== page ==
Undergraduate students who were involved in research over the summer presented their work at a research exposition and reflected on their research experiences.
Over 350 undergraduates presented their research at the Fall Research Expo 2022, hosted by the Center for Undergraduate Research and Fellowships on Sept. 19. Posters were displayed from 5 p.m. to 6:30 p.m. throughout Houston Hall. Poster topics ranged from historical analyses of literature to identifying genetic markers for diabetes.
All students who wished to present their research were welcomed to apply, Senior Associate Director for Undergraduate Research Ann Vernon-Grey wrote in an email to The Daily Pennsylvanian.
“Presenting one’s work is a fundamental part of the research process,” Vernon-Grey said. “It offers students a multitude of benefits from the more obvious — a chance to get feedback to the less so — a chance to find and interact with other like-minded, research-oriented peers.”
College sophomore Bianca Rodriguez-Diaz, who participated in PURM this summer, worked on identifying the genetic markers of Type 2 diabetes in Lorraine Katz’s lab in the Division of Endocrinology and Clinical Genetics at the Children's Hospital of Philadelphia.
Rodriguez-Diaz told the DP that this was her first time doing in-person research, previously only being involved in remote opportunities. She said she applied to PURM to get a better understanding of her goals after college.
“I wanted to get more information on what I wanted to do, in terms of the clinical or research side of things postgraduate,” Rodriguez-Diaz said.
Along with getting both research and clinical shadowing experience through her lab, she said that PURM provided fireside chats with professors to discuss “professional development opportunities.”
“I definitely realized I’m more of a research-oriented person, rather than going into the clinical sciences,” Rodriguez-Diaz said. “It kind of shaped my idea of getting a Ph.D., and we’ll see where it goes from there.”
College first year Christina Cappola told the DP that PURM gave her the opportunity to participate in a novel research experience. Cappola worked in a lab in the Department of Chemistry on a project studying two key proteins involved in the fast endophilin-mediated endocytosis, or FEME, pathway in cells.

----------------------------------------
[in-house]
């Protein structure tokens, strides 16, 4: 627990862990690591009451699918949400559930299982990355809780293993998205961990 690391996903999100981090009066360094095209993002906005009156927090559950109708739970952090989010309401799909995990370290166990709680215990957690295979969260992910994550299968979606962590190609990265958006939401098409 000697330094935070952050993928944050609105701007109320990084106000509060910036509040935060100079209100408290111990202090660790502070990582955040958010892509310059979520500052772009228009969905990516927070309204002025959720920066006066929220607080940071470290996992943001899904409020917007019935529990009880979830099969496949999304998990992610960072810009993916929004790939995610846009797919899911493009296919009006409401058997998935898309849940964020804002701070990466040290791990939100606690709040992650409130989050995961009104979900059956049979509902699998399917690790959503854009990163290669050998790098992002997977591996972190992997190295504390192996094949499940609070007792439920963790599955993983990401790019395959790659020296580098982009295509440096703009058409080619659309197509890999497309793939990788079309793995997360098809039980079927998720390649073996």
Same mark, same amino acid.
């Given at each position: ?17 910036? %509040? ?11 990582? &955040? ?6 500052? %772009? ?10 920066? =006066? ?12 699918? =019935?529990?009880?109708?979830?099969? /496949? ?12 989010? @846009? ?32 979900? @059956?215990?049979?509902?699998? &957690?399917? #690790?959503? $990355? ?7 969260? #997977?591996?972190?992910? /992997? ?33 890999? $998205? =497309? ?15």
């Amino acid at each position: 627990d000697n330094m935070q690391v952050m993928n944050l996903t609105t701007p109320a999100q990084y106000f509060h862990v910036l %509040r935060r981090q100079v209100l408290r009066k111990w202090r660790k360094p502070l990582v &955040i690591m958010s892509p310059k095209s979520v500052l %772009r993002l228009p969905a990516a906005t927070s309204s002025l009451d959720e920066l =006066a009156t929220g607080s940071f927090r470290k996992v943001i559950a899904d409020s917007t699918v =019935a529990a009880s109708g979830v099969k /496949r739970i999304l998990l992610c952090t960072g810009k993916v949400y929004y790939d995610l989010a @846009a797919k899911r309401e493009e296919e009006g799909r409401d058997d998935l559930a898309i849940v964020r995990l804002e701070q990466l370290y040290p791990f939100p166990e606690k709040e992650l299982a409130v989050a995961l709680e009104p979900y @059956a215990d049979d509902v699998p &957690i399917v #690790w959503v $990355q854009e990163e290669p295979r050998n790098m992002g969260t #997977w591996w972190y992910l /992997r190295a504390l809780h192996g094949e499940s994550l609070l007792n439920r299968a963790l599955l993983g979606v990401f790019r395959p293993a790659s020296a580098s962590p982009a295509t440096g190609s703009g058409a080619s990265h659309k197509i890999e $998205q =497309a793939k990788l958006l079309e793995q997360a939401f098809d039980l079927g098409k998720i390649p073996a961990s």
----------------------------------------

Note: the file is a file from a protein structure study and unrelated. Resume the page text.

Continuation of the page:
Cappola said her research was an “enriching experience,” and she was able to learn new lab techniques such as protein purification, antibody staining, and gel electrophoresis over the summer.
"There are several qualities I've learned that are really helpful when working in a lab, like patience and diligence," she said. “If things go wrong [in the lab], you have to pause, reassess, and try to figure out where you went wrong and how you can adjust your technique for the future,” she said.
Both students said they found the PURM program to be a great pipeline into research.
“I was always curious about doing research and I’m also interested in science,” Cappola said. “I think it’s really great that they provide freshmen the opportunity to dive straight into research.”
Rodriguez-Diaz said that PURM made research more accessible to undergraduate students.
“PURM is actually really good because you can just apply and get research, versus having to cold email,” Rodriguez-Diaz said. She added she thought it would be beneficial if CURF offered such an opportunity throughout the school year as well.
In addition to PURM, CURF has additional programs that fund undergraduate research.
College senior Emma DeMonte, a student in the honors thesis program, received funding from the College Alumni Society Research Grant for her research project with Sarah Gronningsater in Penn's History Department. DeMonte spent the summer at the Harriet Beecher Stowe House in Cincinnati examining the relationship between Harriet Beecher Stowe and her son Charles.
“[The research grant] allowed me to travel to Cincinnati, where I was working. It also got me through a lot of paywalls for journal articles and genealogical societies as well,” DeMonte said.
DeMonte added that her summer research experience inspired her to go into law school and work in museums in the future.
In 2020 during the COVID-19 pandemic, CURF created a virtual research poster hall called Penn Presents. The office continues to update the website with students' research posters.
“We look forward to having a permanent repository of all the students’ hard work, and also a place where those who weren’t able to attend in person can go and peruse the research,” Vernon-Grey said.